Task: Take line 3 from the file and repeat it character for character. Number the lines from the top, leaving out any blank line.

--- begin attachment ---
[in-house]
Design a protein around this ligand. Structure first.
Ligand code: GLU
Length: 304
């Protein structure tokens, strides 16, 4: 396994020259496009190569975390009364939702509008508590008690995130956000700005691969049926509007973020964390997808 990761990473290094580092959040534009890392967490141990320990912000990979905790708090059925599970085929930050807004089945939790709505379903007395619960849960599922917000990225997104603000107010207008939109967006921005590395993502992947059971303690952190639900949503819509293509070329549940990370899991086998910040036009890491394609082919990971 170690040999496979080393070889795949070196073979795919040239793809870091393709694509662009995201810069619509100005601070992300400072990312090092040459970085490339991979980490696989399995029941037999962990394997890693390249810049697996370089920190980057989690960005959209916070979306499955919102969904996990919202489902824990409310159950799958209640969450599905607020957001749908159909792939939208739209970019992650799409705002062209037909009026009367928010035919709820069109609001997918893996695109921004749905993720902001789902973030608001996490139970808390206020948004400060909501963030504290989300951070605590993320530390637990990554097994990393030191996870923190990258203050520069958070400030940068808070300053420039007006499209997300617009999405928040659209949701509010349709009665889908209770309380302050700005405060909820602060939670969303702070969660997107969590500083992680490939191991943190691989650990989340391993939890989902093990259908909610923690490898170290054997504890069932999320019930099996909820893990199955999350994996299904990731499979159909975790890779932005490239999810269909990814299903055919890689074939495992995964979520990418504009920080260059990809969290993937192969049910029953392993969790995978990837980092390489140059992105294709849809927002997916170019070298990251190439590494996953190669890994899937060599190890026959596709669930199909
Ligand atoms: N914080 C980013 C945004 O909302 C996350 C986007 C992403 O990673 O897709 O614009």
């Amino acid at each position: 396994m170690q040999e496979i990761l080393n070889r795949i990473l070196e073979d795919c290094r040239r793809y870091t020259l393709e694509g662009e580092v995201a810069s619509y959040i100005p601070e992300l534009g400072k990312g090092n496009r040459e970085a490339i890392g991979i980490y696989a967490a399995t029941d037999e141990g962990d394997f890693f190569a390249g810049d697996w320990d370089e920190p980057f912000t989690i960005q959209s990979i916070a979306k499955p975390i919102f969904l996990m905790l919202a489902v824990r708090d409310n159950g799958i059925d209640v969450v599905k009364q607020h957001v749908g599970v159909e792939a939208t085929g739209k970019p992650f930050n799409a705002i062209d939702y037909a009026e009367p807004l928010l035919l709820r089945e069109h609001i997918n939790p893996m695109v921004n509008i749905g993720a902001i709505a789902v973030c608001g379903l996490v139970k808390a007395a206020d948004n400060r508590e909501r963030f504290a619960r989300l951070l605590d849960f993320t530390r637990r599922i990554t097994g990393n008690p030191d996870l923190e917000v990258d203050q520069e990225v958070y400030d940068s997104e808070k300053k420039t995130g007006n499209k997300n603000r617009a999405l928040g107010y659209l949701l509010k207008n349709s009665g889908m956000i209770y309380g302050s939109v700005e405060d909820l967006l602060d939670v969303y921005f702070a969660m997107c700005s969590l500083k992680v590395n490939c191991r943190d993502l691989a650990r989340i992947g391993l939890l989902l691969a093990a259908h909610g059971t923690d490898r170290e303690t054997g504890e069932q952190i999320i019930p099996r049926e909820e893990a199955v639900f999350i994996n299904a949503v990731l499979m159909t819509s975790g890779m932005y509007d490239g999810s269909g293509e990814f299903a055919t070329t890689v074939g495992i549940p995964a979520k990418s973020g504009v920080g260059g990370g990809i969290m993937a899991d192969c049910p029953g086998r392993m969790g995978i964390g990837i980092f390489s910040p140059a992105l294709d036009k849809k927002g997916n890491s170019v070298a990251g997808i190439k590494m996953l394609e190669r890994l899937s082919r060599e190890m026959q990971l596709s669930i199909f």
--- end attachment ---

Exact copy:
Ligand code: GLU